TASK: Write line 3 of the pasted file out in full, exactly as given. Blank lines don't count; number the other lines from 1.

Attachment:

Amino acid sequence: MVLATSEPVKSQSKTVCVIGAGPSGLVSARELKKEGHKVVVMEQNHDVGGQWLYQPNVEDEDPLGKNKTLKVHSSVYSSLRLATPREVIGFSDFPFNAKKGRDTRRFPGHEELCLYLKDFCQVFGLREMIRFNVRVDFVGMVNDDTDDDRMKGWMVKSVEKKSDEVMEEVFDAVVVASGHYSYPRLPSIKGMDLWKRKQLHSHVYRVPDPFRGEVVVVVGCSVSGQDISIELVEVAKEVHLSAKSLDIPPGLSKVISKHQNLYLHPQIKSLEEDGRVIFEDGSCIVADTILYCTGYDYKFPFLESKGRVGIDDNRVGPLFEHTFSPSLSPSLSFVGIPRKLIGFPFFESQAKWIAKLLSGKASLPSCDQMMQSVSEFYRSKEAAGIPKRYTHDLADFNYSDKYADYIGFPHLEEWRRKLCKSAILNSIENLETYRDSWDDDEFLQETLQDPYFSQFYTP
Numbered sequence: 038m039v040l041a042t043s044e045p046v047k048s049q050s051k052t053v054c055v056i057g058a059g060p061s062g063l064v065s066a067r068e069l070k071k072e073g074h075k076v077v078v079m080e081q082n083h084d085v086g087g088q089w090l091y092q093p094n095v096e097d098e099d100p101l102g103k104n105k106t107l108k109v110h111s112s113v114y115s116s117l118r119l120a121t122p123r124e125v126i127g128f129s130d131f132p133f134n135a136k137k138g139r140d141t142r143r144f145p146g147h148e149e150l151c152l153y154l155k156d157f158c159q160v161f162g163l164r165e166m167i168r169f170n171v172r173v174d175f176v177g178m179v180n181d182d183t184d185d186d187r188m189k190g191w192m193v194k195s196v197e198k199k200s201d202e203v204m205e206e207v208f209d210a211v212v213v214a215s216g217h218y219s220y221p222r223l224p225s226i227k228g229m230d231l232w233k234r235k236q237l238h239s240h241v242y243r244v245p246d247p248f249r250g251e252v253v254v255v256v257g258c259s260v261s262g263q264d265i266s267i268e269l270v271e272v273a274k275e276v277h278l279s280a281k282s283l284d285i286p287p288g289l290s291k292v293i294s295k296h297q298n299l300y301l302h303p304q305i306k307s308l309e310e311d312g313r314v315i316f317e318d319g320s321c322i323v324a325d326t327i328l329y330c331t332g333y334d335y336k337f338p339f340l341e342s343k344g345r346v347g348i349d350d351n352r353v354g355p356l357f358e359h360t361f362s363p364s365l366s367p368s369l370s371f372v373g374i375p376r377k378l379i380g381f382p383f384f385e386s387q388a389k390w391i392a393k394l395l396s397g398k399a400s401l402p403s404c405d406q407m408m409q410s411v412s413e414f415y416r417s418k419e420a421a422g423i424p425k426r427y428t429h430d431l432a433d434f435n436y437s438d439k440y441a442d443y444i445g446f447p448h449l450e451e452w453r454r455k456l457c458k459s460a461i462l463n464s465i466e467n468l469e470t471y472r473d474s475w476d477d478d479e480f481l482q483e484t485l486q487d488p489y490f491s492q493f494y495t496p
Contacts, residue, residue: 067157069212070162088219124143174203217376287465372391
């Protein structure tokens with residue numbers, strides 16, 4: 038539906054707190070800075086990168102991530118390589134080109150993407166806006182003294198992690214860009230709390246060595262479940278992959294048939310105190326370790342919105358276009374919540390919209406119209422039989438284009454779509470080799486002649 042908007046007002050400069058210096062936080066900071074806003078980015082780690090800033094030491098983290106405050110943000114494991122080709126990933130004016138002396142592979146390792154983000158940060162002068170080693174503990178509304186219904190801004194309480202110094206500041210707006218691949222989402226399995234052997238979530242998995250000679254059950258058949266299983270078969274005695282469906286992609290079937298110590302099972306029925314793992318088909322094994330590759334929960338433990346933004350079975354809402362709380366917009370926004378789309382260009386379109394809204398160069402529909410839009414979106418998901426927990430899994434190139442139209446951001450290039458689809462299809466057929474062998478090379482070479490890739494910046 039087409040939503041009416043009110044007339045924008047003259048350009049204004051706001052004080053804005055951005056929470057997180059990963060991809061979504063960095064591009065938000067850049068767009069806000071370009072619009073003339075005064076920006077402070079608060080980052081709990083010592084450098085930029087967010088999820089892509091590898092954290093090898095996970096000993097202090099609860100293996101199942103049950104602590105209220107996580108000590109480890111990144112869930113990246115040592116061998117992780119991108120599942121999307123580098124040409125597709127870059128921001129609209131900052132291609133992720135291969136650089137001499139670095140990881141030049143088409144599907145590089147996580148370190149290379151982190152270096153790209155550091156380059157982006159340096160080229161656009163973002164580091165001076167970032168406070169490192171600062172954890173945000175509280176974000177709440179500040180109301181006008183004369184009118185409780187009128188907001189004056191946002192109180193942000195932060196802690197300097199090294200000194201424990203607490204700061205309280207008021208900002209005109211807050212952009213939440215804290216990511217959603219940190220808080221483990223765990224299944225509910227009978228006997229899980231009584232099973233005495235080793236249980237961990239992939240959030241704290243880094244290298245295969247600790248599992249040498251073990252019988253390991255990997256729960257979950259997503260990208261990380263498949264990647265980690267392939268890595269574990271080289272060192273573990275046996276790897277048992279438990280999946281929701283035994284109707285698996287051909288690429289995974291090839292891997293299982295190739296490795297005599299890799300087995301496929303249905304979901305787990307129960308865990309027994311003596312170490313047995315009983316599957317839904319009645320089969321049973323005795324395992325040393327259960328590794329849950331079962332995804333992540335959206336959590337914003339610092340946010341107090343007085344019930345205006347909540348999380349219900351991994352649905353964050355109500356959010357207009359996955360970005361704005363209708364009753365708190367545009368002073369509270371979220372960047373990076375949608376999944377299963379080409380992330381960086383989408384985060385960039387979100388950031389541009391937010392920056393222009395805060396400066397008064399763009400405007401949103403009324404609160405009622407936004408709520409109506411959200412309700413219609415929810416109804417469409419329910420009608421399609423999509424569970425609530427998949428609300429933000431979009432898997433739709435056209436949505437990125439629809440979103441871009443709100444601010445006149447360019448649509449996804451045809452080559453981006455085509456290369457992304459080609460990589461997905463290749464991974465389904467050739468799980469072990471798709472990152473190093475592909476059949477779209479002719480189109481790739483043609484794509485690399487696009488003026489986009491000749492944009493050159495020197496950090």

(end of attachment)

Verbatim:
Contacts, residue, residue: 067157069212070162088219124143174203217376287465372391